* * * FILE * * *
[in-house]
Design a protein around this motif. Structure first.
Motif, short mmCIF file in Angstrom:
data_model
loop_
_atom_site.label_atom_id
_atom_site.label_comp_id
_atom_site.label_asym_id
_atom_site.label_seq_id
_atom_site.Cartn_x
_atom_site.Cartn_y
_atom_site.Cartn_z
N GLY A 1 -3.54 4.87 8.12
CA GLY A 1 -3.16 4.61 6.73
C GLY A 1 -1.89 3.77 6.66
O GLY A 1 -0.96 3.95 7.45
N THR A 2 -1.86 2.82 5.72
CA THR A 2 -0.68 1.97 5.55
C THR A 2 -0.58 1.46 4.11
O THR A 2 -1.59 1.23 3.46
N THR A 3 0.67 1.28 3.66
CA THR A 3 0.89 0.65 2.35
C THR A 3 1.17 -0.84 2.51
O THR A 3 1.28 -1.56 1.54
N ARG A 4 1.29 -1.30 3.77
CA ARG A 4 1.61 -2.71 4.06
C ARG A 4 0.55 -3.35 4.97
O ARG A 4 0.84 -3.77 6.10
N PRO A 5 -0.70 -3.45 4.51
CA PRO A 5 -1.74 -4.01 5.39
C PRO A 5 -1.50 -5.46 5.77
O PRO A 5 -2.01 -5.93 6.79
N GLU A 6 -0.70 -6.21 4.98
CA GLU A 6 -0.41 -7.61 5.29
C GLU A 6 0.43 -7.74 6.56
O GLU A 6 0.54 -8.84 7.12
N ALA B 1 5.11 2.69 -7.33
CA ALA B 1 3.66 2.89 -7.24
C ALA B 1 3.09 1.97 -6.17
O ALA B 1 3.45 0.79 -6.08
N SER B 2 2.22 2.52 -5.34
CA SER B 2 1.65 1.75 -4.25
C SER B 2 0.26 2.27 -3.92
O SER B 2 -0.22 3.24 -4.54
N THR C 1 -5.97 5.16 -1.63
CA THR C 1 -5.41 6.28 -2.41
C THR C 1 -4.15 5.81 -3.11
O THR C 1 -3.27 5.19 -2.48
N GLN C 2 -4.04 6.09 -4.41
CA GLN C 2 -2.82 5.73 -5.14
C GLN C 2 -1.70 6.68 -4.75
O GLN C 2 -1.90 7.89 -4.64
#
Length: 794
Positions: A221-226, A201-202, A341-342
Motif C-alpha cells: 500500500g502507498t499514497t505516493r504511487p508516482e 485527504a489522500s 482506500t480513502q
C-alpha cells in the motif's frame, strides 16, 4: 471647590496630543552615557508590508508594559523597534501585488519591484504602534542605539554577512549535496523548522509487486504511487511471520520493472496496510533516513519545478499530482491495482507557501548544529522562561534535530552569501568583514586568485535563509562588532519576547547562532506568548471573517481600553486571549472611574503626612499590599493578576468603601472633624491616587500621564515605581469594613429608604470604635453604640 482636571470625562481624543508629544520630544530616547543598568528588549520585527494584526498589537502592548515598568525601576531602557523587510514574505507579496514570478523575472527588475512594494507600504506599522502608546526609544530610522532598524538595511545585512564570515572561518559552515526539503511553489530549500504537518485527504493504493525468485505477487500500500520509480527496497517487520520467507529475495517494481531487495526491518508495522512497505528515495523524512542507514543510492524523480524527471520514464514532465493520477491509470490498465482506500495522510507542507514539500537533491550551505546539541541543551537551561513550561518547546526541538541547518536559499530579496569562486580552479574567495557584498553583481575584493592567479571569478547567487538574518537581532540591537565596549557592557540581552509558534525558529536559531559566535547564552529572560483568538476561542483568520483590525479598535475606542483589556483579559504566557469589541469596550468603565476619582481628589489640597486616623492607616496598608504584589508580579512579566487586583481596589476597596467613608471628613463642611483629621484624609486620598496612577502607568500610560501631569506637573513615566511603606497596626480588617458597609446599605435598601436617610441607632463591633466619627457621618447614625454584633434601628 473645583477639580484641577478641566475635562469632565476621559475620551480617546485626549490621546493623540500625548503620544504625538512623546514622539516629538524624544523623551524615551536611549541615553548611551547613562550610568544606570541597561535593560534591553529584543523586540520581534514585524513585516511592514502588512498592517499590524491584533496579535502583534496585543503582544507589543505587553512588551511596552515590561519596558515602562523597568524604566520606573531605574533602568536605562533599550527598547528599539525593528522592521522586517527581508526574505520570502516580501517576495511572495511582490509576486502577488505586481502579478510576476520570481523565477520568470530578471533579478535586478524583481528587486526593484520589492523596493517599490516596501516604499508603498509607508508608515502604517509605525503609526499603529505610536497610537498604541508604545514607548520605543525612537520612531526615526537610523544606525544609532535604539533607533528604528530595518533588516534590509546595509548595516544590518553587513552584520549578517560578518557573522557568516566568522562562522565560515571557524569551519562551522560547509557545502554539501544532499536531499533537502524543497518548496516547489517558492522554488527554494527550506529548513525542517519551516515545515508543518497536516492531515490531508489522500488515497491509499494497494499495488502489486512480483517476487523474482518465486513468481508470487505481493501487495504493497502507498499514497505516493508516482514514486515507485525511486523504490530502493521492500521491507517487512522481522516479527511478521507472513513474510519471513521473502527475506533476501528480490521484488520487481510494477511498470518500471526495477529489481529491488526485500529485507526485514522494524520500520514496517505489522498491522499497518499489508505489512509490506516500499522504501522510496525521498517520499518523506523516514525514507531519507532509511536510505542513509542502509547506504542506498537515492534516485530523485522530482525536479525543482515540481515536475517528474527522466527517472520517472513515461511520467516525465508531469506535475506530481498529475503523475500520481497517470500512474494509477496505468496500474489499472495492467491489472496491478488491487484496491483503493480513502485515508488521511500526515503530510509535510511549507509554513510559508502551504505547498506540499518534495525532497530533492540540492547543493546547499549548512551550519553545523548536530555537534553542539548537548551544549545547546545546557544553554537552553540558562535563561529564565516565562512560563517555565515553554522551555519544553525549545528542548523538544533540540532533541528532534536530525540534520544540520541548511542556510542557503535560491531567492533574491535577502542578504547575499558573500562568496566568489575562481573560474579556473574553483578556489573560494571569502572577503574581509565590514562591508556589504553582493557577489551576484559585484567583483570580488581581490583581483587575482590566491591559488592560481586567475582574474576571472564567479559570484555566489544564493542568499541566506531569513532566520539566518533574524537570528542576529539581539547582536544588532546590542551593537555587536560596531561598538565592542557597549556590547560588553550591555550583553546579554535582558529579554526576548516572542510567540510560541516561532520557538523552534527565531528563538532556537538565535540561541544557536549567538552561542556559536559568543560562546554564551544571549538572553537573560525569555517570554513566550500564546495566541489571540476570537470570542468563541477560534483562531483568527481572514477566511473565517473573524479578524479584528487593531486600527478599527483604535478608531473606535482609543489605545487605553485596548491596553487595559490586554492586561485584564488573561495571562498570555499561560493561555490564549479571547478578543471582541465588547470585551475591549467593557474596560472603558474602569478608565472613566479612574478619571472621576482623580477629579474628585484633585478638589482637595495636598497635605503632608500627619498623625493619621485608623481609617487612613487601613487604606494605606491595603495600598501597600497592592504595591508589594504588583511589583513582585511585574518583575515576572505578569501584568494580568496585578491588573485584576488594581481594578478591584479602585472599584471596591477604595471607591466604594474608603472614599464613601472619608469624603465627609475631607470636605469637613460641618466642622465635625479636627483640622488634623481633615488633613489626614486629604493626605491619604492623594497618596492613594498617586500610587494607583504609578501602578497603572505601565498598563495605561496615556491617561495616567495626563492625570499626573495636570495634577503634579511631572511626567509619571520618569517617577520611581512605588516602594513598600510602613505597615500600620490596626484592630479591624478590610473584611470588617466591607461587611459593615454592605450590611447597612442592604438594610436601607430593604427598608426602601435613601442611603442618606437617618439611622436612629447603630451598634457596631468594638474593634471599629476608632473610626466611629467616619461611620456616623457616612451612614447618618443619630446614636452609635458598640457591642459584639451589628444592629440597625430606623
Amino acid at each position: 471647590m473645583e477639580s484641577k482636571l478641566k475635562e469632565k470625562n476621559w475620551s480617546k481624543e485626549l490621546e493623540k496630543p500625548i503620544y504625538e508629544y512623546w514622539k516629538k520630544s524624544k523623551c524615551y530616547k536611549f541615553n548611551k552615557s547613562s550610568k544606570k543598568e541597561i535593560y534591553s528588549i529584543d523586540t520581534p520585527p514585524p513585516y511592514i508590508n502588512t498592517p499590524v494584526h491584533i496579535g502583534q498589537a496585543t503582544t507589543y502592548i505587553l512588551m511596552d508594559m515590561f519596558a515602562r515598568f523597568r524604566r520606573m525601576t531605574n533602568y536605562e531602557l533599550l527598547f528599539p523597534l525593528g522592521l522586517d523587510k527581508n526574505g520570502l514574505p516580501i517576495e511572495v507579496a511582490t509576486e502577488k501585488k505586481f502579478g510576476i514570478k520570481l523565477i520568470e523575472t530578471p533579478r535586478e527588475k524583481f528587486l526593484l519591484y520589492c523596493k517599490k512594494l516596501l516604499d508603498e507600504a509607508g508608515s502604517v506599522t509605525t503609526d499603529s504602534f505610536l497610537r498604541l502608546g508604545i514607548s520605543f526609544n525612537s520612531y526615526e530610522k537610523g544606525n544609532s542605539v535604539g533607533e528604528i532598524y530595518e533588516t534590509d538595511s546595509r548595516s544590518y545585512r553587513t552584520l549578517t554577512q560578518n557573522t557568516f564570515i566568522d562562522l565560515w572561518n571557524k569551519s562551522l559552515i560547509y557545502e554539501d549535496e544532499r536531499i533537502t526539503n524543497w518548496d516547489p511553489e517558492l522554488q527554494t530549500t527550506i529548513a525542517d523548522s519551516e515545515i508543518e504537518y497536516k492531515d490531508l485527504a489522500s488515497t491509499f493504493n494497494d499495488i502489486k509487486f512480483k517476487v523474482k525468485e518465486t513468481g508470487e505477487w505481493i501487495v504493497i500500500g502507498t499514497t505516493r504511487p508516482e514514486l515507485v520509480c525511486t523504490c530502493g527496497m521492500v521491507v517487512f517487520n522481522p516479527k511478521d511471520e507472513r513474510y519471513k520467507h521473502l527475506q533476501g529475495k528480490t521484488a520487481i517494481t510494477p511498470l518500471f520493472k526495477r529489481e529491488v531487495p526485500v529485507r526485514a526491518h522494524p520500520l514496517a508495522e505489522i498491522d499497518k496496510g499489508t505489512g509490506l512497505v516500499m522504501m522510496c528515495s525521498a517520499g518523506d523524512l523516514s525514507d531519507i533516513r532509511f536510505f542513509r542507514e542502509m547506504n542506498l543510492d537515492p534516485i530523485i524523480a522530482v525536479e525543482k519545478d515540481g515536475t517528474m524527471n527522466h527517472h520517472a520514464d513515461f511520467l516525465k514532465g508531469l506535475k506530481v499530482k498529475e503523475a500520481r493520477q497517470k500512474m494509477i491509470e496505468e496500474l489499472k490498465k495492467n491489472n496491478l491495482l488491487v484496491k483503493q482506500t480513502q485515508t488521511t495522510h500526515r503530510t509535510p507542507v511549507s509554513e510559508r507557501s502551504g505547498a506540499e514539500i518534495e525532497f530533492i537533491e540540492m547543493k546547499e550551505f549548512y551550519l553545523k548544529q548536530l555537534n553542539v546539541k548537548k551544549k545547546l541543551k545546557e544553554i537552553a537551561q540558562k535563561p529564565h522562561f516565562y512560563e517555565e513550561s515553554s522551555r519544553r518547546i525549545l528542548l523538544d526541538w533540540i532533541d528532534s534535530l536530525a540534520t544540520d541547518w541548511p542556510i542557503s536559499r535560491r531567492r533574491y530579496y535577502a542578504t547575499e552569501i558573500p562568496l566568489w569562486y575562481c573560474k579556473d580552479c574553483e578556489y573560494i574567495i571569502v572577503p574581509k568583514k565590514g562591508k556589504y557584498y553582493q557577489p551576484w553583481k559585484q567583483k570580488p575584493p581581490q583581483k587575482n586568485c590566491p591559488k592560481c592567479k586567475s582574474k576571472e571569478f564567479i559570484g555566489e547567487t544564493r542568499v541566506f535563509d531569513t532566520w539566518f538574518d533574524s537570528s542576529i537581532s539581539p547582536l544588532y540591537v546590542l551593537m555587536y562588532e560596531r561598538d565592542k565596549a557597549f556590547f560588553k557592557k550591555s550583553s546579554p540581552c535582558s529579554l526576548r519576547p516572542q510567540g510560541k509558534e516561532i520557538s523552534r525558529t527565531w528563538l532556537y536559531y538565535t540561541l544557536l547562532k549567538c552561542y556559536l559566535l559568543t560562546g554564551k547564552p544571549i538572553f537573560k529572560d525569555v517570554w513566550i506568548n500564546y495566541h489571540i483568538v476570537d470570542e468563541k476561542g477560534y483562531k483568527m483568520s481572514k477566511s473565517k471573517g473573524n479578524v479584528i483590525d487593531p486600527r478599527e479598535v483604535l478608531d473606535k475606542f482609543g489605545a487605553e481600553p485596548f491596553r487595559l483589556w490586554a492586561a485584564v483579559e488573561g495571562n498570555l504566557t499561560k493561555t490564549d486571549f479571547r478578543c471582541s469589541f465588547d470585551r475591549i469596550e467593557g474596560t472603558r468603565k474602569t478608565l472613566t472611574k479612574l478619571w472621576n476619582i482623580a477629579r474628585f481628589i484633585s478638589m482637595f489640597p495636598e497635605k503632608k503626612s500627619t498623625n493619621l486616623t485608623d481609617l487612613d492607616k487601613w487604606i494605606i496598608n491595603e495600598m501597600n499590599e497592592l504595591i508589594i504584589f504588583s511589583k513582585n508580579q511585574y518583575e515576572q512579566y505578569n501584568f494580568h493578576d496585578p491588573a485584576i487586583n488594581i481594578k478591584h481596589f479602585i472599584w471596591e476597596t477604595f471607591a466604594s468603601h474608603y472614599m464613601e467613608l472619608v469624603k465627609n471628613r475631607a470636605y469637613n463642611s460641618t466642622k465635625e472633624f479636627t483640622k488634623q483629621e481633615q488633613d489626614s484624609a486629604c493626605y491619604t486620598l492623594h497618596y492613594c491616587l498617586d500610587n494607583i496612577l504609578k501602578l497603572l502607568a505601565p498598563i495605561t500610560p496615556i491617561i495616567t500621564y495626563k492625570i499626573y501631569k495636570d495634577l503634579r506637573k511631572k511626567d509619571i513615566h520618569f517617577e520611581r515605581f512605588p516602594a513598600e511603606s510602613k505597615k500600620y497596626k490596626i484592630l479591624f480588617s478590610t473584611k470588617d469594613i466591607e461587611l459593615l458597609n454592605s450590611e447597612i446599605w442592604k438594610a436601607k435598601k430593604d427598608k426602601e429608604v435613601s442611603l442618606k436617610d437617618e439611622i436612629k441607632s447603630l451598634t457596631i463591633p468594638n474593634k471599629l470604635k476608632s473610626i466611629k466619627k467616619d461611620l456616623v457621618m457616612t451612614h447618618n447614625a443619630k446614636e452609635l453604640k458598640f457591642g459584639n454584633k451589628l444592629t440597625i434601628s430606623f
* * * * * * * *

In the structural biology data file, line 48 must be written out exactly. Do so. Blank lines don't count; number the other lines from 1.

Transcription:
O THR C 1 -3.27 5.19 -2.48